Whether it's old fashioned handwriting or just plain bad handwriting, documents and ephemera with script like this can be a headache for an archivist or researcher. However, it can also be just plain fun.
I first started really thinking about old handwriting when I stumbled across a book on the subject in the early 1990s while working as a local history librarian / archivist. Since that time, the study of old handwriting has become a hot topic for books and on the Internet. Here are some helpful and interesting resources I've found to help you look into this subject some more:
Deciphering Old Handwriting from a genealogy course taught by Sabina J. Murray - a fascinating look out how one person solved a name dilemma
Handwriting in America - An interesting history from the University of Buffalo
How to Read 18th Century British-American Writing - brought to you by DoHistory, one of my favorite online sites for learning
The Impossible Art of Deciphering Manuscripts - from Slate.com, a look at how professional transcribers tackle the issue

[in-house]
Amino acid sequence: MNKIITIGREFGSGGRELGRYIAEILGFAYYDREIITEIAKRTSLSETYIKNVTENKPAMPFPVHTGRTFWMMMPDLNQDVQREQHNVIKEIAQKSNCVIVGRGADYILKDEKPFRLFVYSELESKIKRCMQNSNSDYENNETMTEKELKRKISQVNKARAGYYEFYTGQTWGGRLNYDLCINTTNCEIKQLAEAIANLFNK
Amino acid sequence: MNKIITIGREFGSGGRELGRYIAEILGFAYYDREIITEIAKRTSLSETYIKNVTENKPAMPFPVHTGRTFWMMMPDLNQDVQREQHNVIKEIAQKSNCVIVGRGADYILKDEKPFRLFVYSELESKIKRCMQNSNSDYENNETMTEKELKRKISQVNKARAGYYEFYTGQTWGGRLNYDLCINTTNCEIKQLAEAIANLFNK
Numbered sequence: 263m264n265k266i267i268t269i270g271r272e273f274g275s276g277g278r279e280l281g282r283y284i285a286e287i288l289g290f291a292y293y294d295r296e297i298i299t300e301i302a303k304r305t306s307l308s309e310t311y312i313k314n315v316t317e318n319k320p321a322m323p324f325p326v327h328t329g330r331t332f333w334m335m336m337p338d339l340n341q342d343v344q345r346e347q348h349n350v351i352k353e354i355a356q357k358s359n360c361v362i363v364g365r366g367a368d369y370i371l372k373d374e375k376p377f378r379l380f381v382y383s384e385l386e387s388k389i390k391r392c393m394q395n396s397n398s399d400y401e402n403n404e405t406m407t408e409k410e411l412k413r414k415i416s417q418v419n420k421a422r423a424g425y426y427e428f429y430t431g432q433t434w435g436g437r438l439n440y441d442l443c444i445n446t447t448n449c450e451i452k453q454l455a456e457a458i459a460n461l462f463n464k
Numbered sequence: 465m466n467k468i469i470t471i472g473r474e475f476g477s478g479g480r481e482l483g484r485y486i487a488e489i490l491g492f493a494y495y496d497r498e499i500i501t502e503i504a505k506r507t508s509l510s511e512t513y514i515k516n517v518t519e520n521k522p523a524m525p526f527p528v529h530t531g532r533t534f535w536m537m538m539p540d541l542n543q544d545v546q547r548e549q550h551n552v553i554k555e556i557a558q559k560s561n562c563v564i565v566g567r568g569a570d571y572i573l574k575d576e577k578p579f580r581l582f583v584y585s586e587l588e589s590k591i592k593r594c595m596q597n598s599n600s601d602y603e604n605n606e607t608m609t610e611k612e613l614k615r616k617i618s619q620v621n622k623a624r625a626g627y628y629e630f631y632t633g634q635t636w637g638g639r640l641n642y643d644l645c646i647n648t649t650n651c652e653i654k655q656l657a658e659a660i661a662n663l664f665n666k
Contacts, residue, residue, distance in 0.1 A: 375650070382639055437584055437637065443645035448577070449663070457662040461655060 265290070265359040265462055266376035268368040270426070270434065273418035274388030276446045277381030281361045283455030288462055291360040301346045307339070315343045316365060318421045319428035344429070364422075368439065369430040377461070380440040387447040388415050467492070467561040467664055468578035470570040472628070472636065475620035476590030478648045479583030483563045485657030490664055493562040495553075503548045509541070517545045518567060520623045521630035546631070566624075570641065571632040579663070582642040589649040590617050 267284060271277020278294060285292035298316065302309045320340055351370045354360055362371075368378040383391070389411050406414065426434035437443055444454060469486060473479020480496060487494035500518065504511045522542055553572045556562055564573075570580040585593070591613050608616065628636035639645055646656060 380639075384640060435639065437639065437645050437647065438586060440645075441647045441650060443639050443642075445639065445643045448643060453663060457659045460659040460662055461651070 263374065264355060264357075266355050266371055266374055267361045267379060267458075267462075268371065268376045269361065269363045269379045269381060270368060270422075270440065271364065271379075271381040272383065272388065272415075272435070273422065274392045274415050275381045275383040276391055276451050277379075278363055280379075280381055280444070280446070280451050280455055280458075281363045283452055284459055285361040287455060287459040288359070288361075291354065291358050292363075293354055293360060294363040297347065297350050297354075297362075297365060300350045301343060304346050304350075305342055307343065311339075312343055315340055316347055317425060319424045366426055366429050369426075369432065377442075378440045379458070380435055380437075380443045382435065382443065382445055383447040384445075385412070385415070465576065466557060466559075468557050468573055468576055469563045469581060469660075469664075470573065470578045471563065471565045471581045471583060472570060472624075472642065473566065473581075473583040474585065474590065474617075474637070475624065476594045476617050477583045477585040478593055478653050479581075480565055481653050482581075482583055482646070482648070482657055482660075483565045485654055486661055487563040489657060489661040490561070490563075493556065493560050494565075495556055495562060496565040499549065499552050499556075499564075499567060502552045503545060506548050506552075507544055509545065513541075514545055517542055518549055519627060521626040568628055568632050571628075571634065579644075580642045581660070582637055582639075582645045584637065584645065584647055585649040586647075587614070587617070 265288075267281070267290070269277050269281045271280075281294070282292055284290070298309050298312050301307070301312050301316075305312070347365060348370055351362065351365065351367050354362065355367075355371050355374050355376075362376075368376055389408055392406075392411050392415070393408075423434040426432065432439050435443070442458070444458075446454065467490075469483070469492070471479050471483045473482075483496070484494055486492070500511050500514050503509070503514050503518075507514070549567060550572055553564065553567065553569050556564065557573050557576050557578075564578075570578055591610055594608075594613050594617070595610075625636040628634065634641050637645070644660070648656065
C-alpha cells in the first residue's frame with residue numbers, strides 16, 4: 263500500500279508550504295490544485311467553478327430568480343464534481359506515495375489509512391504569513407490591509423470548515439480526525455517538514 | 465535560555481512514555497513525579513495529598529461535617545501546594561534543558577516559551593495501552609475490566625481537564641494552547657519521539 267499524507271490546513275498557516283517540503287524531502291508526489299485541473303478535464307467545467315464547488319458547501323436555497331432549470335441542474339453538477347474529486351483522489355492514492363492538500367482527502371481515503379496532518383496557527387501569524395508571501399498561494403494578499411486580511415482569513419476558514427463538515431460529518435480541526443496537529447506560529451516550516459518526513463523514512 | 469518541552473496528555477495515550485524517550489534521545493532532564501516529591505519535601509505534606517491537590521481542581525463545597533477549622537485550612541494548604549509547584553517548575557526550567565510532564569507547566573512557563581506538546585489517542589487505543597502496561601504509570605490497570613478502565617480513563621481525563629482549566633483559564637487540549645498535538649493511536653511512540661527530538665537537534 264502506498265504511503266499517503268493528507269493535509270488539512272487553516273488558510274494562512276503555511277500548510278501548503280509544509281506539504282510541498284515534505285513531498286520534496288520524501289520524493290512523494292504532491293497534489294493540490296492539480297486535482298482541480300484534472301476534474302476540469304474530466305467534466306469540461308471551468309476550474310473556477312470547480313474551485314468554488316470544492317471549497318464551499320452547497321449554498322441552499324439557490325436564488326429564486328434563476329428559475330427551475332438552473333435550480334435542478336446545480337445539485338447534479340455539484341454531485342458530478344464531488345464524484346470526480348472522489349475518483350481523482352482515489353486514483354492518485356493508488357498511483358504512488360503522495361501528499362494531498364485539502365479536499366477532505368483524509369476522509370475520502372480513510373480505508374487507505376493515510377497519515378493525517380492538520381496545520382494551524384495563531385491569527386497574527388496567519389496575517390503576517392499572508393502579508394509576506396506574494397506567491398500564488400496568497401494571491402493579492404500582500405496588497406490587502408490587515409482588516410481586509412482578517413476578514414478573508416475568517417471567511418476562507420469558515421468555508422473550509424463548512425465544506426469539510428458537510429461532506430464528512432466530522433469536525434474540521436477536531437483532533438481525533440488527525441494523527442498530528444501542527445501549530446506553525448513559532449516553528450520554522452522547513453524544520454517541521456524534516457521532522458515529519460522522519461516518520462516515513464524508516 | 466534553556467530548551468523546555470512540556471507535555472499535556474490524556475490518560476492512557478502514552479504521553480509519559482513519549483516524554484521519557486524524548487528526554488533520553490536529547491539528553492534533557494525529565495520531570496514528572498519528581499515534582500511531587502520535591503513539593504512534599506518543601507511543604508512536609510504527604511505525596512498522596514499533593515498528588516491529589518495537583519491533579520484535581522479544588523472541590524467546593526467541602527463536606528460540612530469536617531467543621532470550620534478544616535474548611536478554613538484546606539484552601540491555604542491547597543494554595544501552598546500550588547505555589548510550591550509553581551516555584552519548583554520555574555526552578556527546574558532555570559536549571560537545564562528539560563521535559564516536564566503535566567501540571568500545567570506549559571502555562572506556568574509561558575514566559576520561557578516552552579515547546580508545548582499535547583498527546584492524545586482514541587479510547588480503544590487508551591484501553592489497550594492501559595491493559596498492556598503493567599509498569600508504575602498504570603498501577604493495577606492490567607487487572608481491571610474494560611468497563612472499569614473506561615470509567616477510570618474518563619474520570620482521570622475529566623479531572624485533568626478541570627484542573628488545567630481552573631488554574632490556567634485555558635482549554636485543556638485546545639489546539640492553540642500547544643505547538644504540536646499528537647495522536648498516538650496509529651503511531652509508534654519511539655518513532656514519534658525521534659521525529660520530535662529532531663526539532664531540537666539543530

Tricks for Deciphering that Careless Writing! - from Ontario Genealogical Society's Ontario Branch, just a few handy pointers
Unexpected Google Trick: Translate Bad Handwriting - auto correct to the rescue!
My mysterious postcard has been a puzzle for some months now. I keep taking it out of its folder and putting it back in frustration. One day, I will need to sit in earnest to figure this it...if you can help me decipher it, I would much appreciate it. The front of my postcard looks like this:
Doesn't this scene make you really curious about the author of this postcard and what the postcard says? I have so many questions about it!
And there may be some other uses for this knowledge besides deciphering historical documents. I am also hoping that these tips will help me read my own poor penmanship. Am I the only one who writes notes to myself that I can't read?
Here's a fun little bit of trivia I picked up... According to Wikipedia and other sites, Ovaltine was developed in Berne, Switzerland, where it is known by its original name. In English speaking markets it is called Ovaltine because of a misreading of the patent paperwork due to poor handwriting!